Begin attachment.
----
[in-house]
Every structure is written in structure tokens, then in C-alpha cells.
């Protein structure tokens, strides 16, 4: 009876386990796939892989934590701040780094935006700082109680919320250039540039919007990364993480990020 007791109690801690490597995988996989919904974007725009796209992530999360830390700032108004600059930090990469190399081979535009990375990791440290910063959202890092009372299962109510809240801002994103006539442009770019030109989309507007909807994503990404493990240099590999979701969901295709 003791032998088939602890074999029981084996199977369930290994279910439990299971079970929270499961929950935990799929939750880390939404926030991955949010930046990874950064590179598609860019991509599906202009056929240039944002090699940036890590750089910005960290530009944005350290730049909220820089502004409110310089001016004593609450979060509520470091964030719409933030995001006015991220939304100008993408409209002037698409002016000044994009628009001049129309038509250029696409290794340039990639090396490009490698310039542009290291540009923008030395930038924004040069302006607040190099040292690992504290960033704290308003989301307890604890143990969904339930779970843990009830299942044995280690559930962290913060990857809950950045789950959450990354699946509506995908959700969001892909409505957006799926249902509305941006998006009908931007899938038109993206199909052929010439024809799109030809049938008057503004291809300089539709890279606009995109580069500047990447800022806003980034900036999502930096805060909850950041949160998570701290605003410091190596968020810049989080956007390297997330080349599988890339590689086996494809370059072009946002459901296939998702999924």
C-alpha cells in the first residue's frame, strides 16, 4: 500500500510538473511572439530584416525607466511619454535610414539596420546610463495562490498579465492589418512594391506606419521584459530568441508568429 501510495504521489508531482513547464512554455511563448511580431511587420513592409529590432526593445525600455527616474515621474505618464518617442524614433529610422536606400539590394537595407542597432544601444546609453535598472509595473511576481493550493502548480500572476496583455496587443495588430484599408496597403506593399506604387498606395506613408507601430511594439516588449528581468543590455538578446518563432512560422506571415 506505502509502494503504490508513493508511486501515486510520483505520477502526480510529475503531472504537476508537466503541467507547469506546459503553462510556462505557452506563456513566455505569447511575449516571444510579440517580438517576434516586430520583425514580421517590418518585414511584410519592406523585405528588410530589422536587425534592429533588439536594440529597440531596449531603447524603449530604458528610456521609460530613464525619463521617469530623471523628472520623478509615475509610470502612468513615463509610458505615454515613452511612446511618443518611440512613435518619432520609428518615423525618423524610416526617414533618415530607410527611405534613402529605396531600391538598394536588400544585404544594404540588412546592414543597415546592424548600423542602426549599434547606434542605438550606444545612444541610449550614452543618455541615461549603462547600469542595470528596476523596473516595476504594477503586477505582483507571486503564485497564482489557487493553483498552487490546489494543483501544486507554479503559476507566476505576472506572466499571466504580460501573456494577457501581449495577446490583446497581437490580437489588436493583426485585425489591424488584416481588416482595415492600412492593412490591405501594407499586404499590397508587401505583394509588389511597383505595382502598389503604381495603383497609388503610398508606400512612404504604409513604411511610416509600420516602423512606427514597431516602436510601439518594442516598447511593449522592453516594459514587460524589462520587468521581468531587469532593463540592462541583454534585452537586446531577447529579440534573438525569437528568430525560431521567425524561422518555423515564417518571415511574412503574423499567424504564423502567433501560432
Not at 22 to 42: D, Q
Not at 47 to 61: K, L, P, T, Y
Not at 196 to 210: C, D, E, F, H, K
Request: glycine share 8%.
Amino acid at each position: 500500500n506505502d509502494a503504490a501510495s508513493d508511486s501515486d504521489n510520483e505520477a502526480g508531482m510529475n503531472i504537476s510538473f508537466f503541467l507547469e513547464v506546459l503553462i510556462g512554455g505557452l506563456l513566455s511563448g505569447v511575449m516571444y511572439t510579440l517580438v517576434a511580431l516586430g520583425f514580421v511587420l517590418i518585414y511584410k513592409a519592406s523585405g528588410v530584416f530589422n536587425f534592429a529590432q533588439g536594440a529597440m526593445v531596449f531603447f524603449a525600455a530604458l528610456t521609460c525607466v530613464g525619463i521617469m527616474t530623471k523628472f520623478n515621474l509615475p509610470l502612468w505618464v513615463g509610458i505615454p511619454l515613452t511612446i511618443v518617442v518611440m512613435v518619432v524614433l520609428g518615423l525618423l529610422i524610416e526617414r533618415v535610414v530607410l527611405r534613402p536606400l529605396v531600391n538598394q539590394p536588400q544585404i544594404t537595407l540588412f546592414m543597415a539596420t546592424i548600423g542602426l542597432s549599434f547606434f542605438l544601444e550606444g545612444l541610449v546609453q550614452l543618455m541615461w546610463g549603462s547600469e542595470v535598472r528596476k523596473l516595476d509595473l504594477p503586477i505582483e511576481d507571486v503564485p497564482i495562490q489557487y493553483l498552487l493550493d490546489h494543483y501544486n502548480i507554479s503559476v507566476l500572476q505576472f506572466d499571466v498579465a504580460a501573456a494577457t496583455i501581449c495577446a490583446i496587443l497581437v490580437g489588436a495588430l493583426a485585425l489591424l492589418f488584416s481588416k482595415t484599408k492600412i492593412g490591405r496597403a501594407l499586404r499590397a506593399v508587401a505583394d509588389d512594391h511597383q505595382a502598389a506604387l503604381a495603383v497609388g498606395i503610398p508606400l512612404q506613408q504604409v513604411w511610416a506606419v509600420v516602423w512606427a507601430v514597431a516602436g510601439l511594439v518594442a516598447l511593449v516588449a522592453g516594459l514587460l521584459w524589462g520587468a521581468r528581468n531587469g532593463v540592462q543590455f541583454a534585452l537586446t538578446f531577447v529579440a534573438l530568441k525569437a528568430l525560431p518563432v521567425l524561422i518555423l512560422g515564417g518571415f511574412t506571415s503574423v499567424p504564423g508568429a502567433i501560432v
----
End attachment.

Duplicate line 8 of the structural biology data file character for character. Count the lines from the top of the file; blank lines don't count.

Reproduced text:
Request: glycine share 8%.